Pakistani-born astrophysicist Dr Nergis Mavalvala was among the team of eagled-eyed scientists who, for the first time, observed ripples in the fabric of spacetime called gravitational waves.
The detection – announced only on Thursday – confirms a major prediction of Albert Einstein’s 1915 general theory of relativity and opens an unprecedented new window onto the cosmos.
Professor Mavalvala worked with researchers at the US-based underground detectors Laser Interferometer Gravitational-wave Observatory (LIGO) Laboratory to build sophisticated sensors to detect gravitational ripples created from the collision of two black holes some 1.3 billion years ago and had been hurtling through space to reach Earth on September 14, 2015.
Dr Mavalvala, 47, was born to a Parsi family in Karachi where she did her primary schooling.
She attended the Convent of Jesus and Mary before going to the US as a teenager where she graduated with a BA in physics and astronomy from the Wellesley College in 1990.
During her graduation at the Massachusetts Institute of Technology (MIT) she started working on gravitational waves – which would lead her to one of the biggest discoveries of the century. But the tale was not so simple.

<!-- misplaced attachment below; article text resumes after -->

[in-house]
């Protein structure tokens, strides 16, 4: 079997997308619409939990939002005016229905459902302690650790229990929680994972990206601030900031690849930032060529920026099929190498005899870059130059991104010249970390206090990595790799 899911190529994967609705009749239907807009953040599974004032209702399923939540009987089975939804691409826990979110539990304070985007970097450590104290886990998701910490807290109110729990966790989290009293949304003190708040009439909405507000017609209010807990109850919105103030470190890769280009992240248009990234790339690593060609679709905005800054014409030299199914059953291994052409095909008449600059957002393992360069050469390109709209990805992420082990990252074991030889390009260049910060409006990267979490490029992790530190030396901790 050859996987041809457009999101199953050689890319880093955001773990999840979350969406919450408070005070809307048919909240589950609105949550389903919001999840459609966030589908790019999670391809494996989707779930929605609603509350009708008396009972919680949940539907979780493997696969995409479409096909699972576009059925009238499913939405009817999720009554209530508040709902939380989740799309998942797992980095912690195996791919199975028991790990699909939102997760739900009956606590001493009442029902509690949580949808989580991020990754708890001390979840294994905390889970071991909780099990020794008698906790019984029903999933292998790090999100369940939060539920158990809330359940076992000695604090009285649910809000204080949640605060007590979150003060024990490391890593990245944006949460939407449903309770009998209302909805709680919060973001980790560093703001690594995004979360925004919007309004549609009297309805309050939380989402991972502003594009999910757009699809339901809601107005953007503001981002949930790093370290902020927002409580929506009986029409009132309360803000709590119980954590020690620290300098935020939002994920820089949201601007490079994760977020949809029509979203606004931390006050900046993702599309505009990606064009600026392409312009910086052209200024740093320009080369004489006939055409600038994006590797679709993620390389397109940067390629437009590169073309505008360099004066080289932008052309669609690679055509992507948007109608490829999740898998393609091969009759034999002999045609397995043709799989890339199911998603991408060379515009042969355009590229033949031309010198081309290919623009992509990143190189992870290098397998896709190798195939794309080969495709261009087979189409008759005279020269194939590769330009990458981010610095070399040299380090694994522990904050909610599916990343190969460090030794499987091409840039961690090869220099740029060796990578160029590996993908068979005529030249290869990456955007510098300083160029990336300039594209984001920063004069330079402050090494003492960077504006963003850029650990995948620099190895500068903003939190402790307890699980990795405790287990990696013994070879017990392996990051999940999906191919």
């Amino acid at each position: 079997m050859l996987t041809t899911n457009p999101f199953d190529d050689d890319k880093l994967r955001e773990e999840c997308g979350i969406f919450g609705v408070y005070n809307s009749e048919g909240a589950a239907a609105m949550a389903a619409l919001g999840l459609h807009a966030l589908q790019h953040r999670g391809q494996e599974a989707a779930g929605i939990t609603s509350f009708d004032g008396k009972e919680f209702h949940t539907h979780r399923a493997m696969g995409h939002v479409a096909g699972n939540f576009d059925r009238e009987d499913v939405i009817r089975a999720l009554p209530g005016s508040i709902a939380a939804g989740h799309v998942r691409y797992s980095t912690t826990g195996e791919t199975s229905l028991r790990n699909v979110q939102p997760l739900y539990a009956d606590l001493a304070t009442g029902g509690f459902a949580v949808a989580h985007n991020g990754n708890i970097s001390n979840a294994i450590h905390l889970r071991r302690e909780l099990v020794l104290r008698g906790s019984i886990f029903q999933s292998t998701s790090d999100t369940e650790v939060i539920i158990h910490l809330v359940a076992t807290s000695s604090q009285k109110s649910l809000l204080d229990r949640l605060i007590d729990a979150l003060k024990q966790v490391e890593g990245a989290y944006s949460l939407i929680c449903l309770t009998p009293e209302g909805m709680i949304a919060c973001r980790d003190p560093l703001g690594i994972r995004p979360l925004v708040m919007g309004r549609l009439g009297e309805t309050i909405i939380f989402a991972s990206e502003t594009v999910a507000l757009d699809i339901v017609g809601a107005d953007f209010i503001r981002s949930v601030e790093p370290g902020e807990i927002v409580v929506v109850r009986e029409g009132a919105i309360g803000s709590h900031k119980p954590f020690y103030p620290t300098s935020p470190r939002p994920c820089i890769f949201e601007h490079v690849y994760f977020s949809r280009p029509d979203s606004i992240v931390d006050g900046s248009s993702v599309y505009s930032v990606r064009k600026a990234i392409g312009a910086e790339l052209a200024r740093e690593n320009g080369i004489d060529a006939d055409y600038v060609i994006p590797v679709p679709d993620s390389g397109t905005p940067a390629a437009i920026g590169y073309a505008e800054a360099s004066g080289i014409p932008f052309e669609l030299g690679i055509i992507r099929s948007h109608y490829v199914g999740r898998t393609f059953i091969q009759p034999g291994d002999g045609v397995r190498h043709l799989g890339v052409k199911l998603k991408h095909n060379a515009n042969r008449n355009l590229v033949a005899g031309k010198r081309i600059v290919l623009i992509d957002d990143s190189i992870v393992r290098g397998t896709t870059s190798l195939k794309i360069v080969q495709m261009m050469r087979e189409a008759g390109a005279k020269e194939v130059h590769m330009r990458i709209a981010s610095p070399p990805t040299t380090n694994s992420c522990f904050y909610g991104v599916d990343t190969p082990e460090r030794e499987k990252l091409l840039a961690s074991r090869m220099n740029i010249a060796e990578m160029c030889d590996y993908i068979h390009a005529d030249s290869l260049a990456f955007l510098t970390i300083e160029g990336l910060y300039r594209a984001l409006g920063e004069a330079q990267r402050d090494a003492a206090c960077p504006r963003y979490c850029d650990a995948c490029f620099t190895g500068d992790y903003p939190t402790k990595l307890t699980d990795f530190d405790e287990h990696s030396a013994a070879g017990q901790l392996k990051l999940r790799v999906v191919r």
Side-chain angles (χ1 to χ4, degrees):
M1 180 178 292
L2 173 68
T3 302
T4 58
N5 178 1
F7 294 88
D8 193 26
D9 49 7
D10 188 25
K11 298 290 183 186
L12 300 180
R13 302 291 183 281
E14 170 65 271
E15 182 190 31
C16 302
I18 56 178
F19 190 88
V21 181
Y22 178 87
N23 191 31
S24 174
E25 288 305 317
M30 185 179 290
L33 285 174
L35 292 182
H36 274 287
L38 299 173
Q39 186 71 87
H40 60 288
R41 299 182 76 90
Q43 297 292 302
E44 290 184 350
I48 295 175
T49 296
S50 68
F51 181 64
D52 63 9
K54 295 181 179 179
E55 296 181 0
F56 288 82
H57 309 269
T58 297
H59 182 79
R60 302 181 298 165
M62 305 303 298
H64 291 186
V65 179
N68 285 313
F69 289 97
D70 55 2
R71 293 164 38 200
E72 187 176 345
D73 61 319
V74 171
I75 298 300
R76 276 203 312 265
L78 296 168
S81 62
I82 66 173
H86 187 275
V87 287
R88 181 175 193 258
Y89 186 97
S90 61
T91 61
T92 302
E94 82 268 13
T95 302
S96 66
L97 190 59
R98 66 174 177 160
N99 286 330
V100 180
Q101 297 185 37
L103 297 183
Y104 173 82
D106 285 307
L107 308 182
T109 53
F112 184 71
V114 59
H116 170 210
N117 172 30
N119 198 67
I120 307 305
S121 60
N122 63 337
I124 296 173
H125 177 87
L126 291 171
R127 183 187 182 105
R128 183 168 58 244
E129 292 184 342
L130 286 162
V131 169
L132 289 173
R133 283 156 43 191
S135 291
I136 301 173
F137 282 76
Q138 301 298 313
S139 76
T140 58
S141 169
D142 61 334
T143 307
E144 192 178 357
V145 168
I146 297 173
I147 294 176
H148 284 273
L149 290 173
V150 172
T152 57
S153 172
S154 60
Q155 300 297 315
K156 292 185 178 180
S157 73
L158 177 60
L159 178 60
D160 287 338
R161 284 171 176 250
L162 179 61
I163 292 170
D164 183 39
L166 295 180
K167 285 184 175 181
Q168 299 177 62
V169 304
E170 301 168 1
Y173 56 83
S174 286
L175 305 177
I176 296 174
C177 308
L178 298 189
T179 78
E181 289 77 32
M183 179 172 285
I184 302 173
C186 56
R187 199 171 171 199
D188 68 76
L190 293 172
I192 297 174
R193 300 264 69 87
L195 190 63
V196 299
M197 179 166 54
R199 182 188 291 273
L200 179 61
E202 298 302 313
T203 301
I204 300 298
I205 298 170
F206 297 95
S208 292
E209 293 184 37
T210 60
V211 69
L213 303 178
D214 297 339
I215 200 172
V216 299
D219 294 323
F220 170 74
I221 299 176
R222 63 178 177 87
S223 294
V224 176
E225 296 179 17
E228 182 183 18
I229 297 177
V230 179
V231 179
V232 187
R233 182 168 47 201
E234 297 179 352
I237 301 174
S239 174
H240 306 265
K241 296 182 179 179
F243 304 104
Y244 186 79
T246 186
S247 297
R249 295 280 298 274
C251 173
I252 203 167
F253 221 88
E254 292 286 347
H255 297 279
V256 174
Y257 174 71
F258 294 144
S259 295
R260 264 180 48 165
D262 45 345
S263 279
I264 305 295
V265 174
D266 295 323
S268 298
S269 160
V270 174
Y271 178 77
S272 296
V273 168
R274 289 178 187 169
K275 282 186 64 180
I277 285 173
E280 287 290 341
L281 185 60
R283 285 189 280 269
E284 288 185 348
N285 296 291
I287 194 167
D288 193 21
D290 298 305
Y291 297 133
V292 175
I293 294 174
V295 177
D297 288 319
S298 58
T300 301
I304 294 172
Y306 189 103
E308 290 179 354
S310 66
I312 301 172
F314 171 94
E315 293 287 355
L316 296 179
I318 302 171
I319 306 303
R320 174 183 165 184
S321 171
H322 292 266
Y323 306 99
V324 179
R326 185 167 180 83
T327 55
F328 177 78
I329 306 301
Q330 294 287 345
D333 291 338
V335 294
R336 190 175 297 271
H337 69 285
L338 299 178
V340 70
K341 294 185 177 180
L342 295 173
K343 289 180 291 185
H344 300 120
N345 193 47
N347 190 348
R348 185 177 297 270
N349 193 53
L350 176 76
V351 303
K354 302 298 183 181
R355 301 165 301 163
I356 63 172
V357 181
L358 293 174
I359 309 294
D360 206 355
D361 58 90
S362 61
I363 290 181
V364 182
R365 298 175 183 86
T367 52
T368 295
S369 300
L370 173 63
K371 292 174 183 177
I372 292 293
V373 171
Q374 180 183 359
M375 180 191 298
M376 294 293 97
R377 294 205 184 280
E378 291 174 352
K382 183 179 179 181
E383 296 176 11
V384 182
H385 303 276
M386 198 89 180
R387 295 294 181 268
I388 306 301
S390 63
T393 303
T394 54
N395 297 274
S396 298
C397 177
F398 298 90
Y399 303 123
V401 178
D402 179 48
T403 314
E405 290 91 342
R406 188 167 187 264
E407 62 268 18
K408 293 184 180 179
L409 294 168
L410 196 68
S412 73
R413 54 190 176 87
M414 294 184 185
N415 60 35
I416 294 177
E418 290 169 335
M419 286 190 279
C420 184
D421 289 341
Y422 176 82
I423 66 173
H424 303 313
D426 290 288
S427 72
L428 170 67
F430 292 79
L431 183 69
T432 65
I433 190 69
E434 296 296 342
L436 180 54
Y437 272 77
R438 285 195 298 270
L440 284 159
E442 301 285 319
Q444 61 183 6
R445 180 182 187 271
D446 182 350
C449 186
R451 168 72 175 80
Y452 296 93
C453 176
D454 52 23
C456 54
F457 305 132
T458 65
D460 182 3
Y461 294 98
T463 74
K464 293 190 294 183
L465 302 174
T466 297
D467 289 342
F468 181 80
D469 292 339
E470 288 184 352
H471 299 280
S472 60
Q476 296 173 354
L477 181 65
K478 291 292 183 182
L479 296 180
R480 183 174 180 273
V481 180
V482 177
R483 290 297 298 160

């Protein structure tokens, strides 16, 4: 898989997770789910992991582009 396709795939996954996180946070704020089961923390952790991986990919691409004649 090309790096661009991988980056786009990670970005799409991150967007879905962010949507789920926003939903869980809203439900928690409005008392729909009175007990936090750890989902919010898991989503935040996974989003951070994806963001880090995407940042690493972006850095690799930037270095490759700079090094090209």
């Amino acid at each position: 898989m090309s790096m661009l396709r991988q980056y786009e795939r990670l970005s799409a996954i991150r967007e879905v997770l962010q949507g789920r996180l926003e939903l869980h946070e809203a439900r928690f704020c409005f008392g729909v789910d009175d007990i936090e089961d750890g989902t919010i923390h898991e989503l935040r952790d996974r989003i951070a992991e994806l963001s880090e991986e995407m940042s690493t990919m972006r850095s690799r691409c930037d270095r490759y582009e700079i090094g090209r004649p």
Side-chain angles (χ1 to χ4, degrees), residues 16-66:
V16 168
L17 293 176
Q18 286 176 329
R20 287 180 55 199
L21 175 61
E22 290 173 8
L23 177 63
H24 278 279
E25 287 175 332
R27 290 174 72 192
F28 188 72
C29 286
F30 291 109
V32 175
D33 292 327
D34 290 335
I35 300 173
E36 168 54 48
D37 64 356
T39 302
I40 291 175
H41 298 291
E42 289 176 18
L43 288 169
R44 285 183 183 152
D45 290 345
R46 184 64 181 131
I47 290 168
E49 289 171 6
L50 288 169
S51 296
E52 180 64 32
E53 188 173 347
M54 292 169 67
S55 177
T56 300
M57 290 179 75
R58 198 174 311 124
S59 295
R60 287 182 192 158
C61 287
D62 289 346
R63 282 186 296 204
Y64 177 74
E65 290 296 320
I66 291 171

“I started graduate school working in cosmic microwave background, which is another area of astrophysics,” she told the Kavli Foundation in 2010 after receiving the coveted McArthur Fellowship.
“The group I was working in was moving to another university, and so I was kind of shopping around and bumped into Rai Weiss.”
Weiss and Robert Forward had in the early 1970s proposed designs based on which LIGO was formed.
Since meeting Weiss in 1991, Dr Mavalvala went deeper into research on gravitational waves. By the time she received her PhD in 1997, she was already working on building LIGO.
She focused on instrument development for LIGO during her post-doctoral work at California Institute of Technology (CalTech) before joining LIGO as a staff scientist in 2000. She also joined MIT’s physics department as an assistant professor in 2002, rising to become the department’s associate head in February 2015.
In essence, her work on gravitational waves has spanned for over 20 years leading up to the discovery.
“The big picture mission drives you. When you work in the lab, [it’s like] you bang your head against the wall for weeks at a time, working on a state-of-the-art circuit, for example,” Mavalvala told MIT’s site in 2014. “Yet this is what enables scientific discovery, when the smaller to bigger pieces of experiments succeed, when the whole thing does what it is supposed to, and then you hope nature gives you the event you’ve been waiting for.”